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Sunday, 12 September 2010

Rolling stops

Someone told me last week that there's no definition of stop in the Road Rules Dictionary. Edit: That same friend has now sent me this:







Strictly speaking, she's wrong. There is a definition but it's an inclusive and exclusive one, not exhaustive, and intended to apply to parking. It reads,



stop, in Part 12 and for a driver, includes park, but does not include stop to reverse the driver's vehicle into a parking bay or other parking space;



Notes



1 Driver's vehicle, park and parking bay are defined in this dictionary.

2 Part 12 deals with restrictions on stopping and parking.



The point my friend was really making was that unlike giving way, there's no explicit instruction of what a driver is obliged to do under the Road Rules when they come to a sign like the one above (or even one marked stop). So if a driver slows down and satisfies themselves that there's nothing coming before driving through an intersection, have they stopped or not?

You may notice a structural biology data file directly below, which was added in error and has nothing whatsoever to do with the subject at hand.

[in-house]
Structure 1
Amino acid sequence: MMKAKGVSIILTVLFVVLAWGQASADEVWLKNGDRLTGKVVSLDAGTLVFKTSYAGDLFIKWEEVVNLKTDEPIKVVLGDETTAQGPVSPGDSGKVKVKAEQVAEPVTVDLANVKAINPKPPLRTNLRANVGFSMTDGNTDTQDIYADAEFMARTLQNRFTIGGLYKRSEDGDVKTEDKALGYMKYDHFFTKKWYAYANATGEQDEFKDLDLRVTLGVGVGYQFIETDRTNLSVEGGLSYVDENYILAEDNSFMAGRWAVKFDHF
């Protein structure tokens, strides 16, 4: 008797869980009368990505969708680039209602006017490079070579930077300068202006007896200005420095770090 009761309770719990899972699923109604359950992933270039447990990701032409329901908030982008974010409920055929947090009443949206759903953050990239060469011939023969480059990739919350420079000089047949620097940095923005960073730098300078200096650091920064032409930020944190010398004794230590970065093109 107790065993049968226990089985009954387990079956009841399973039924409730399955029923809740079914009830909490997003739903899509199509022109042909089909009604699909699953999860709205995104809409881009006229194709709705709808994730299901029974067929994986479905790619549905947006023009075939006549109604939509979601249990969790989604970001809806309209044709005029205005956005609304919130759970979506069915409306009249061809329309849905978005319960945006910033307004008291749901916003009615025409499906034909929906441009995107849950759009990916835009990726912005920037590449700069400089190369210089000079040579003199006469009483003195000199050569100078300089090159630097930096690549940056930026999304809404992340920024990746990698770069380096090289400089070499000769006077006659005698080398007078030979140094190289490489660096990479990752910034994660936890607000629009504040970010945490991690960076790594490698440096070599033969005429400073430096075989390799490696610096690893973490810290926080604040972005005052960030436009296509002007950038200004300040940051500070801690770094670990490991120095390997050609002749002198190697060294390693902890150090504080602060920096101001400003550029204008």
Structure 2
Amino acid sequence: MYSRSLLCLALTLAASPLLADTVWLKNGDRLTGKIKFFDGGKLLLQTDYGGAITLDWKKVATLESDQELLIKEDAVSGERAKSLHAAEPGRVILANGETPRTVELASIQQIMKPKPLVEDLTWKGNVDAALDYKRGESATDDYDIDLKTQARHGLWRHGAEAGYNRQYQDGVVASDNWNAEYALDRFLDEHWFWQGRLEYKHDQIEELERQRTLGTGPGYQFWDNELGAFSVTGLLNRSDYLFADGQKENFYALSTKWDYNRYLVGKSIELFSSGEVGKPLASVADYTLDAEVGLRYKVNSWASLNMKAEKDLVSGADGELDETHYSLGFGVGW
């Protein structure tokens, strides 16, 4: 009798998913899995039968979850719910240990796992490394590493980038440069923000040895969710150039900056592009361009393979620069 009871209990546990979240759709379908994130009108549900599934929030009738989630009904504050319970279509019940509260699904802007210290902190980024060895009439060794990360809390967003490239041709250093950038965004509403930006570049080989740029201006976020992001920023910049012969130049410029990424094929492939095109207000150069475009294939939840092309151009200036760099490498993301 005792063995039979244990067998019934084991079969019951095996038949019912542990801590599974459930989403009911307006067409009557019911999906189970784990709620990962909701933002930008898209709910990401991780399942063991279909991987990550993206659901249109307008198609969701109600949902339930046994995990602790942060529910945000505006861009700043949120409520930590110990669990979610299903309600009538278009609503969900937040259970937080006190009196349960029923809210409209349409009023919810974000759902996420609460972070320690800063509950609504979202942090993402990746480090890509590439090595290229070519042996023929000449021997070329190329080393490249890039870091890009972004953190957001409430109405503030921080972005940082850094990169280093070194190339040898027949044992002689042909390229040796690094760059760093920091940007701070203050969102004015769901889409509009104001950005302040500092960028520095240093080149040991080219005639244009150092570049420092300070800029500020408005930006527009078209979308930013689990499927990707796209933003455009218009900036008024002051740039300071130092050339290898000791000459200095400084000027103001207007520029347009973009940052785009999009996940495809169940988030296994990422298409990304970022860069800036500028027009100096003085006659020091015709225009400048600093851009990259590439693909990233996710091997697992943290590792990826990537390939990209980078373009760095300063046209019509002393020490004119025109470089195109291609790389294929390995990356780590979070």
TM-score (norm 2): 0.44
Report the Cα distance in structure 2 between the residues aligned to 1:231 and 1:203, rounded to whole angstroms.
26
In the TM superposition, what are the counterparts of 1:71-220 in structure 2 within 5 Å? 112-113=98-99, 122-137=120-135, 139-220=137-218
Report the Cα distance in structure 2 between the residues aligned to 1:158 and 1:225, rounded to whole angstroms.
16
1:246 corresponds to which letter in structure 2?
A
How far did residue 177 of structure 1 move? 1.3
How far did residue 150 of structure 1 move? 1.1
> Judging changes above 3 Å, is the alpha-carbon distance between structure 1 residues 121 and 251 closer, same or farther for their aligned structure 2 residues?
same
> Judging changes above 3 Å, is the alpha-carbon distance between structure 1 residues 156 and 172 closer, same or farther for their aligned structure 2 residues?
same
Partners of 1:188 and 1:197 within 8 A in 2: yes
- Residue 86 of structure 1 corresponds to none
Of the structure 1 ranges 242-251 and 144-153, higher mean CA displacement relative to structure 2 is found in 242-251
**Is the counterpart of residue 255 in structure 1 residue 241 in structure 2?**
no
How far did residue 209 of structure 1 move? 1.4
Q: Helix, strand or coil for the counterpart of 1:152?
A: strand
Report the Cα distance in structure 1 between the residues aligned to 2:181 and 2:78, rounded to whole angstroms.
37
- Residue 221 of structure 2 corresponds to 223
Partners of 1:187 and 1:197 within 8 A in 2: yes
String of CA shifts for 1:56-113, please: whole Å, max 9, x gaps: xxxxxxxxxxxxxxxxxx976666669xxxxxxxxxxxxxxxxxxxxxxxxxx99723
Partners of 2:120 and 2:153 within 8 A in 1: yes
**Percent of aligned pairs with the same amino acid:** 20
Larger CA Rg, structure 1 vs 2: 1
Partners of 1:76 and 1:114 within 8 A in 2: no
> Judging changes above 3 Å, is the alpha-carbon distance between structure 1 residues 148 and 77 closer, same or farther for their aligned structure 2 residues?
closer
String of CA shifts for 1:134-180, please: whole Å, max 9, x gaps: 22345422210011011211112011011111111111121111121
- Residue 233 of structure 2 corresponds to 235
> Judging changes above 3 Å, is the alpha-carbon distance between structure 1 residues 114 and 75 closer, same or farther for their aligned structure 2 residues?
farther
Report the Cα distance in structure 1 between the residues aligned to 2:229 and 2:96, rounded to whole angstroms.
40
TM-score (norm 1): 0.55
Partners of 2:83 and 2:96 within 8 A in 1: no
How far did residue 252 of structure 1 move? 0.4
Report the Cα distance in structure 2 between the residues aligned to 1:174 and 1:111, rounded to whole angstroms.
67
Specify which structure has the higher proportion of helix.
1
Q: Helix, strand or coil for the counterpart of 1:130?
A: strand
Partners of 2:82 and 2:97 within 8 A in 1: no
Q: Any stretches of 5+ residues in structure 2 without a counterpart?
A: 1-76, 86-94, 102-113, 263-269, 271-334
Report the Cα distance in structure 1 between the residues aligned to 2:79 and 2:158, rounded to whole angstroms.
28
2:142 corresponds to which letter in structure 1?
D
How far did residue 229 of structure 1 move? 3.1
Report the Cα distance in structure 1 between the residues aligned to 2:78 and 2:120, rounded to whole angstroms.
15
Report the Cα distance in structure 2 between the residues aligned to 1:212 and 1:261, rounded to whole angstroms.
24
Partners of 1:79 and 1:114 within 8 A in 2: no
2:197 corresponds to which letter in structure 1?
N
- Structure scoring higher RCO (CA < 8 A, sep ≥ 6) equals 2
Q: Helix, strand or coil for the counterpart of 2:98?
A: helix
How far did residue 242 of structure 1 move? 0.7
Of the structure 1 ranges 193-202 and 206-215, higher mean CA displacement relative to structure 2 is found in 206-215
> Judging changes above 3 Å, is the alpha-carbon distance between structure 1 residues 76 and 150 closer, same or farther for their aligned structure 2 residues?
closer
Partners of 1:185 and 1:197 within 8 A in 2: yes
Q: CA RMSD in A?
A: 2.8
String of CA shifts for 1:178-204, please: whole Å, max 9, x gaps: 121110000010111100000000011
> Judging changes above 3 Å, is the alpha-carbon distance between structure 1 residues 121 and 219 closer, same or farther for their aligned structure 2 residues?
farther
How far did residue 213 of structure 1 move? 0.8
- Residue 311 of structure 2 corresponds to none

I don't know for sure, but I expect the police take the view that stopping involves coming to a complete halt. That's what driving instructors teach, but I can't find any authority that says this is what the law requires. There's no definition in the Road Safety Act either, and the authorities on s 61 aren't on point. I can find lots of cases where there was a factual dispute between the parties about whether the accused did stop or not, and many more where the accused admits the offence and the argument is about penalty (Dycer v Police [2010] SASC 241, for example). I can't find a case where the meaning of the term stop was properly argued.



I'm throwing down the gauntlet to readers. Are rolling stops legal?

13 comments:

MadMax said...

No. They are not and it is irresponsible to say they are.

Elucubrator said...

I think a rolling stop is an oxymoron.

I reckon there's no definition of 'stop' in the Rules because it's a factual not legal question. 'Stop' means what it says: stop.